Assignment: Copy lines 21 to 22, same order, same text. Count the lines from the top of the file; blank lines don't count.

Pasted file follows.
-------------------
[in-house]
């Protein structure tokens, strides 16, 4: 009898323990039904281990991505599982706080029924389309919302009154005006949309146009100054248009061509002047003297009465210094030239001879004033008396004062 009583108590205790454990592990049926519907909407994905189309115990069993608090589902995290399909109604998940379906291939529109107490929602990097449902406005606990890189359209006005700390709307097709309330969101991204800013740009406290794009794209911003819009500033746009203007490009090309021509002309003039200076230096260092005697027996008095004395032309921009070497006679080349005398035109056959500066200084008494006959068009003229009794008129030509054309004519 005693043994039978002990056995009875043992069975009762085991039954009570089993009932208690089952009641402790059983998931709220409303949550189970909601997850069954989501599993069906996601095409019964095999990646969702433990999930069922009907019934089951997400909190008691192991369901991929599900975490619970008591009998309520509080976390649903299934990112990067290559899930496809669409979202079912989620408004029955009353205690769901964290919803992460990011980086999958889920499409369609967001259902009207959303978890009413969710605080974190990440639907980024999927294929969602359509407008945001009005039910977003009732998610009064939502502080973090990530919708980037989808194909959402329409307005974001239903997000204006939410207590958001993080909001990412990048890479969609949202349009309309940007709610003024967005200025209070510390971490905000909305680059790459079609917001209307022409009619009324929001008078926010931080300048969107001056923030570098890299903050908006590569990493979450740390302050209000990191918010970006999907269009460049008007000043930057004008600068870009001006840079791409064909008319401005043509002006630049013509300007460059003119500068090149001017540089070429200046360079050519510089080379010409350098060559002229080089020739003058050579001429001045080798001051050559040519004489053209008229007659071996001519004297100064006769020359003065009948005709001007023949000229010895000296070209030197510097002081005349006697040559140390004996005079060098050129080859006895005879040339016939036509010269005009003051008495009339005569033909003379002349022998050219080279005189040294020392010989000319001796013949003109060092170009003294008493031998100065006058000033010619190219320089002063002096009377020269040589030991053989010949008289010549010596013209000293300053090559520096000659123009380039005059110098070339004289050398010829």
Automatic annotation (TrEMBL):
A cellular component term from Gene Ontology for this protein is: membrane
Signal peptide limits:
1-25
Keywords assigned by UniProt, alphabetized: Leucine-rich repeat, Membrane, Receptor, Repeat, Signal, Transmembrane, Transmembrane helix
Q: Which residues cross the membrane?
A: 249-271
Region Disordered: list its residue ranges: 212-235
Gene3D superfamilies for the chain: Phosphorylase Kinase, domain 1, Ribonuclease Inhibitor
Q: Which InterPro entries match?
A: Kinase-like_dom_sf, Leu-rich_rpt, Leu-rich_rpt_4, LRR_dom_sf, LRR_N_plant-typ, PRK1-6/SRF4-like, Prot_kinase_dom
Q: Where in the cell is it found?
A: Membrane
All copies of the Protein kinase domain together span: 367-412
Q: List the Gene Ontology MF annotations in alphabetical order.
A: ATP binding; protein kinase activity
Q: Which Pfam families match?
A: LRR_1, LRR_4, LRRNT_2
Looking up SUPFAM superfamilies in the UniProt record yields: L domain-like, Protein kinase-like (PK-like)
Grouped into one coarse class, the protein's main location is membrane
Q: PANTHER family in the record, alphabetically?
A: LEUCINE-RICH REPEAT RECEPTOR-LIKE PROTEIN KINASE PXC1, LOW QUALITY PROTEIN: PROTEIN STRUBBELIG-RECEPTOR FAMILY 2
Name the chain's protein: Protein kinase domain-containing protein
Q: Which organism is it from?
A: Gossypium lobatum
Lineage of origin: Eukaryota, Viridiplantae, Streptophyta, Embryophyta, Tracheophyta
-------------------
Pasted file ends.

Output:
Looking up SUPFAM superfamilies in the UniProt record yields: L domain-like, Protein kinase-like (PK-like)
Grouped into one coarse class, the protein's main location is membrane